benjamin linus moves the island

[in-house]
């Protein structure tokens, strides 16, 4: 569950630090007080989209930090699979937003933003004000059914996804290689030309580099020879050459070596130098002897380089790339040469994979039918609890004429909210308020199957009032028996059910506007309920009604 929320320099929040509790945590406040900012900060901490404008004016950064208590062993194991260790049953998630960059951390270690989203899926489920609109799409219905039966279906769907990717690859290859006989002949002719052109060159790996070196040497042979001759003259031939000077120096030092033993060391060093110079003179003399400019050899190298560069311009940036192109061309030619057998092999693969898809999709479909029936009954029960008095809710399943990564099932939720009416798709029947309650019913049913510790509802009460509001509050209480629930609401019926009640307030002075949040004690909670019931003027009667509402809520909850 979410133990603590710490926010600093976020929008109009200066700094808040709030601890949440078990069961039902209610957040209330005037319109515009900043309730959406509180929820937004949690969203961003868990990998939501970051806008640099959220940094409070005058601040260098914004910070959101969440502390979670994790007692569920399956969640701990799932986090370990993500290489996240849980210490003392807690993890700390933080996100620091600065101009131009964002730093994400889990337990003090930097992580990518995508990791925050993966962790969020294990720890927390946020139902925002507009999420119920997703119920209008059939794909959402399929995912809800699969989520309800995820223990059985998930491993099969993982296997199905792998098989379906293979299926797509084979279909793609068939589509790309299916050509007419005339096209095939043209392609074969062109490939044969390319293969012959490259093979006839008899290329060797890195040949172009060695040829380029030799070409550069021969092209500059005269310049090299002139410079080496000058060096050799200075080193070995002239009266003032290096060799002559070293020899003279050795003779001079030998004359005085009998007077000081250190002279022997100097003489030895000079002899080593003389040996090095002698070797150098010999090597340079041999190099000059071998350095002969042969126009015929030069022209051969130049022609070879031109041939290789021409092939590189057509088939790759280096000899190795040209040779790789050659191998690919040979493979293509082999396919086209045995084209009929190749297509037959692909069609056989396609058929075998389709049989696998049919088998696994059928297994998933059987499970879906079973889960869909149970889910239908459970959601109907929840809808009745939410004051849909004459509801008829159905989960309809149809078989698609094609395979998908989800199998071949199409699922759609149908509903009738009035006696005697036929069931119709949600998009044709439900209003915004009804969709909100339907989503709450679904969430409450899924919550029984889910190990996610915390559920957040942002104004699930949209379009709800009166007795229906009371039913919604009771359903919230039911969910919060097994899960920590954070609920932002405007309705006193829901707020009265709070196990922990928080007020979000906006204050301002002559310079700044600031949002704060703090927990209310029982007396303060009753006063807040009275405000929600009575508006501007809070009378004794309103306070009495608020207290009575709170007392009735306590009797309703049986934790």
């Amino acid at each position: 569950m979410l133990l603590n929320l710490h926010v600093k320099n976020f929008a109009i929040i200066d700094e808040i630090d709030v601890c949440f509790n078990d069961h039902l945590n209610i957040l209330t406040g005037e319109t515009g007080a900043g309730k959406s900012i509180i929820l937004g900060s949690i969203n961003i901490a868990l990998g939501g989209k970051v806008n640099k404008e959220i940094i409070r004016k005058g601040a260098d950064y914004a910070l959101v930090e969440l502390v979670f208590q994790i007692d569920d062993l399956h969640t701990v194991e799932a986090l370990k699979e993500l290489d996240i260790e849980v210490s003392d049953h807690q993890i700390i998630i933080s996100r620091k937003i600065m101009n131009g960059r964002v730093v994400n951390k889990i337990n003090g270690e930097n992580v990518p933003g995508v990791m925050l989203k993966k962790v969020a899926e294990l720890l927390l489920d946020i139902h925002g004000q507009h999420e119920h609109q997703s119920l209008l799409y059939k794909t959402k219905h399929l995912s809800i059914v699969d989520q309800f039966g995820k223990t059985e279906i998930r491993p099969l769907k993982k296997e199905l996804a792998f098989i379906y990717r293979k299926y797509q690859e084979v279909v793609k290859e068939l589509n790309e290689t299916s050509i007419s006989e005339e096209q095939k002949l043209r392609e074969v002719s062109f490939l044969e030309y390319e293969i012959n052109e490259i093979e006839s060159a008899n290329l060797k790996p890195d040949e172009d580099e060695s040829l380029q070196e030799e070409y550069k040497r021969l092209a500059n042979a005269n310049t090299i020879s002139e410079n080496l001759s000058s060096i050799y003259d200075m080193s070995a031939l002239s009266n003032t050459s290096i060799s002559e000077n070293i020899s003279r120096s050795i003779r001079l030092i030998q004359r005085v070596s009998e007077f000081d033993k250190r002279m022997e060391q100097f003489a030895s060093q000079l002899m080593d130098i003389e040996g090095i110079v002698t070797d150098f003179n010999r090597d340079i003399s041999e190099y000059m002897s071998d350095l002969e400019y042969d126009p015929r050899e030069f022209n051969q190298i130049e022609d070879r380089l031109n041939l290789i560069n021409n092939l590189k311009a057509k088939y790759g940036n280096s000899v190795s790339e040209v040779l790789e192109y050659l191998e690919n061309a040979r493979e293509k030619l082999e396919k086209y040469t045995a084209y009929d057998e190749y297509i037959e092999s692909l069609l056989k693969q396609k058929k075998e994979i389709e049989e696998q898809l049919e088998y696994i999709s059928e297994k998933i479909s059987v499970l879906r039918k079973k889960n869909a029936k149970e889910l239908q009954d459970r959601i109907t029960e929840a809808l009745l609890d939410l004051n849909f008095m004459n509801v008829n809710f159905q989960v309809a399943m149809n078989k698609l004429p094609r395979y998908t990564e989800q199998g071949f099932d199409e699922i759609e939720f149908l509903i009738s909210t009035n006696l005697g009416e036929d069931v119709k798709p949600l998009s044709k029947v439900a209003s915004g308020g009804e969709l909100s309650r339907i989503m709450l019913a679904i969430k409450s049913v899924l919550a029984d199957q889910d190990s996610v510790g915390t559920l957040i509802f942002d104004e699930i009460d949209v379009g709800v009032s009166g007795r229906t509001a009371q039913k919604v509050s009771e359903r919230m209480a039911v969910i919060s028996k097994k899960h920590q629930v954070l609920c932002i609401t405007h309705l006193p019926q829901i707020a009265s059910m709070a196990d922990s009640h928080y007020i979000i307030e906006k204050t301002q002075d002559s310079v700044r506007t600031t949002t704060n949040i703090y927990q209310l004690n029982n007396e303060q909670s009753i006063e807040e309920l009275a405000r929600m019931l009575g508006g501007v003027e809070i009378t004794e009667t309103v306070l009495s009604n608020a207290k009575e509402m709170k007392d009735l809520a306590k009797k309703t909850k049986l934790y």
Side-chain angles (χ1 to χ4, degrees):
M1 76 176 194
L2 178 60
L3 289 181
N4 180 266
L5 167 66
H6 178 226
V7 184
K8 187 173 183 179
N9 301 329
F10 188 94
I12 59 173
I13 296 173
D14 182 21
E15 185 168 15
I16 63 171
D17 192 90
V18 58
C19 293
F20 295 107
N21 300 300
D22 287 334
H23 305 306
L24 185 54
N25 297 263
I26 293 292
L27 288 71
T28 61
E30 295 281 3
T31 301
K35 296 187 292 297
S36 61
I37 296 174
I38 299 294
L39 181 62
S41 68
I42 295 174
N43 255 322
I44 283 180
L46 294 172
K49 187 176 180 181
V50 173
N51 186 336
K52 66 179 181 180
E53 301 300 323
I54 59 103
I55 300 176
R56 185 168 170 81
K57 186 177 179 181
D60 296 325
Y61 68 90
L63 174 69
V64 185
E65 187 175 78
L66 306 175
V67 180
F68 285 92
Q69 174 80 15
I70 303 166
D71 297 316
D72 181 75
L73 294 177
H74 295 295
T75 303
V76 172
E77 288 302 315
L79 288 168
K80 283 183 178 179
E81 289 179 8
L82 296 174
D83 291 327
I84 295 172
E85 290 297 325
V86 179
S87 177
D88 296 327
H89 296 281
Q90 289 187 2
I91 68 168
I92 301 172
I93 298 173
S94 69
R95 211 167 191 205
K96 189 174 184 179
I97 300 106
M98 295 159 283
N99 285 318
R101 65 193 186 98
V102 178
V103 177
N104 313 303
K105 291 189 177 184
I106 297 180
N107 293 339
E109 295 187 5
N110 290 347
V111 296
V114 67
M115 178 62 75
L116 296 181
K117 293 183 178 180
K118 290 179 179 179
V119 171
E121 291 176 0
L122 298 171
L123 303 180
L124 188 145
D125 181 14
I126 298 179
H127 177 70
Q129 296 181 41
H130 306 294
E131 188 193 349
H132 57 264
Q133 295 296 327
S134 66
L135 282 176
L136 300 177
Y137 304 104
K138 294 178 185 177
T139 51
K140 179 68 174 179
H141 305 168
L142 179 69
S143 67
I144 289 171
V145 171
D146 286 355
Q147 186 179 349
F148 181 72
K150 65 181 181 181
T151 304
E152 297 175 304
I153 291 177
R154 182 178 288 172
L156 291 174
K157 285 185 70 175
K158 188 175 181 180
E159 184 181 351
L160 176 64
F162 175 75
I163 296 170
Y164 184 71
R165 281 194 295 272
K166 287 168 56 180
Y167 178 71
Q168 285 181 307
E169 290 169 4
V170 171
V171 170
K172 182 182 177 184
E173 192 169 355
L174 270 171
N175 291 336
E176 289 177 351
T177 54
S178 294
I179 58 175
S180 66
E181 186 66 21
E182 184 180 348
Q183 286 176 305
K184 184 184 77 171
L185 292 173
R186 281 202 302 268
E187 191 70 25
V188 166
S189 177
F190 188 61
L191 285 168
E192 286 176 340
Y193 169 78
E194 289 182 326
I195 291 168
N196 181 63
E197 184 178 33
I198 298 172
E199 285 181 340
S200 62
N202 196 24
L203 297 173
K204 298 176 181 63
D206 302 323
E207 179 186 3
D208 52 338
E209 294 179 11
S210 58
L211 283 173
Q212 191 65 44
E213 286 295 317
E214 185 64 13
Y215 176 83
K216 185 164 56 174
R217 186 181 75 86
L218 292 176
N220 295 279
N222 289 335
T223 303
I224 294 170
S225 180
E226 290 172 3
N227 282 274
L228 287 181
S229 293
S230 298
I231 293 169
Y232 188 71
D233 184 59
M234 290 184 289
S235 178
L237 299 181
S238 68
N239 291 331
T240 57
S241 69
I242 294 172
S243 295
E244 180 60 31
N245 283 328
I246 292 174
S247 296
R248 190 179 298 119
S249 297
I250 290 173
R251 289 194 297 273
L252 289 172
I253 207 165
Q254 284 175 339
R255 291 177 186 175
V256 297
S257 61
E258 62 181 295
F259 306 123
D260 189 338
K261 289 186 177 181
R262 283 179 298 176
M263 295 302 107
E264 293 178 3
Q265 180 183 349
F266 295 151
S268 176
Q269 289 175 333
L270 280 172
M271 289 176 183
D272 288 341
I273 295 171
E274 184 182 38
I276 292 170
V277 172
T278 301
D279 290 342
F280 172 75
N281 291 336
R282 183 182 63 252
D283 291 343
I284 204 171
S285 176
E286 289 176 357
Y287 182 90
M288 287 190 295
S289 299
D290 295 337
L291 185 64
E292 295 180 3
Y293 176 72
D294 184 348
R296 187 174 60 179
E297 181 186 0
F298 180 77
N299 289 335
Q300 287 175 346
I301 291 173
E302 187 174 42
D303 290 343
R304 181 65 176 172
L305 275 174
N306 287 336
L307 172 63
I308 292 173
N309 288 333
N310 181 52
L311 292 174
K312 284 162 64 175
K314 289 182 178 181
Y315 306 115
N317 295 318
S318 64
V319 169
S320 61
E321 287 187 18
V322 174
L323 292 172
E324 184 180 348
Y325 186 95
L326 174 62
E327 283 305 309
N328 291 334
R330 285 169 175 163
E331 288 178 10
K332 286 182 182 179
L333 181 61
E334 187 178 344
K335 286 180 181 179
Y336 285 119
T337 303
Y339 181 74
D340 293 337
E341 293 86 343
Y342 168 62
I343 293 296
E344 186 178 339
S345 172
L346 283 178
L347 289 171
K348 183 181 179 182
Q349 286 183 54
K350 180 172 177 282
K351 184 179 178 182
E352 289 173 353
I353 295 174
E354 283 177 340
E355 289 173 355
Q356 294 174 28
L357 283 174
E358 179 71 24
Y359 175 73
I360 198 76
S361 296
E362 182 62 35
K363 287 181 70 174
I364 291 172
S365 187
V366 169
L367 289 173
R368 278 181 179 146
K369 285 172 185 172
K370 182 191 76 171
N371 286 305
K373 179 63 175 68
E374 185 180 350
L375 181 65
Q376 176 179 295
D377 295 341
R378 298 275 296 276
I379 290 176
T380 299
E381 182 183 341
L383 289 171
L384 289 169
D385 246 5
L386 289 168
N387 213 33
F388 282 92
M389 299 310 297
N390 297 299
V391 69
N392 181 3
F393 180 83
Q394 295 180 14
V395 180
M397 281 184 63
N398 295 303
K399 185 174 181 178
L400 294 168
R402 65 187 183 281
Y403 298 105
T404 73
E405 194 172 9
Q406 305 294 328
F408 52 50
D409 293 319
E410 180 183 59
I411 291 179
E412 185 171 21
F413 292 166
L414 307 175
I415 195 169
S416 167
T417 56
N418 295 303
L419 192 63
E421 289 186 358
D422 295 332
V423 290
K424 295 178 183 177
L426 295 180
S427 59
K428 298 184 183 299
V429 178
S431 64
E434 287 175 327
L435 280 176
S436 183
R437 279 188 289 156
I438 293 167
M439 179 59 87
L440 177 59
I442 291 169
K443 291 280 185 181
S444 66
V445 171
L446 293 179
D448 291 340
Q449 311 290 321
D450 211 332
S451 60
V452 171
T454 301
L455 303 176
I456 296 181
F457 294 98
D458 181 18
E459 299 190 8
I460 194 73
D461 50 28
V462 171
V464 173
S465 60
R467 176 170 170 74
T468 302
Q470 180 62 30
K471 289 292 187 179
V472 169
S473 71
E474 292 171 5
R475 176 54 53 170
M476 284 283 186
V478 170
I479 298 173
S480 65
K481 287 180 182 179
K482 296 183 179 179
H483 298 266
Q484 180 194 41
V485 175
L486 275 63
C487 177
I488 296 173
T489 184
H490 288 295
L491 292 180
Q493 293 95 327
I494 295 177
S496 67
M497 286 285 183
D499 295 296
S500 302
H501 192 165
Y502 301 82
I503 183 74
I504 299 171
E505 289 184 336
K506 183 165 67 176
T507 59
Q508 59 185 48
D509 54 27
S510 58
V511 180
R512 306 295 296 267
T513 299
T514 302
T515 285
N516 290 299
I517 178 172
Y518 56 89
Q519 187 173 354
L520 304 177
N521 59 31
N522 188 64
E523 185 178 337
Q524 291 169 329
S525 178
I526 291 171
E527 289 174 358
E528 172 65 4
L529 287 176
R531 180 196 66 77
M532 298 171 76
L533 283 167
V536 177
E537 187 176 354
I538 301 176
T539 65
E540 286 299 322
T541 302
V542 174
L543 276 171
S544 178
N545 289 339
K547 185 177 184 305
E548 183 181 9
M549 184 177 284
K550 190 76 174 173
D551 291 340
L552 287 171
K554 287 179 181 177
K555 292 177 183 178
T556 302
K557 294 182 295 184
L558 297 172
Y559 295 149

AT A CONFLUENCE OF SEVERAL RIVERS stood the citadel, surrounded by semi-mountainous terrain. I was there in the white house when the riots started, an angry mob destroying everything in its wake. I took refuge on the windowed-in balcony of the second floor, hot and soiled with cobwebs and sunshine, which is where I encountered Vesta, who somehow was there too, so far away from Estonia, also seeking refuge. All of her modern life troubles of divorce lawyers and child support payments had been swapped out for this real-time flare and calamity, the violent militia rabble breaking into the house, smashing windows, knocking down walls, bent on blood and destruction. They were going to light the place afire. Vesta’s hair was a flame of browngold, and her skin was sun-kissed and brown, which drew out the sky blue in her eyes. She was more alive and womanly than I had seen her in years. In the upheaval, I found my face against her breasts, surrendered to them, and then the full throb confluence of the sexes, that little bit of sanctuary amid a backdrop of chaos, heat, disorder. It was a beautiful, replenishing drop of dream, the very reason I even bother to sleep, and when I awoke the snows tumbled against on the Old Town roofs, and I knew that there still lurked deep within me some tiny shining golden god or goddess. The angels were looking out for me again, yes, and I had been moved, safe and away, like Benjamin Linus once moved the island. I watched the snow and thanked my angels.

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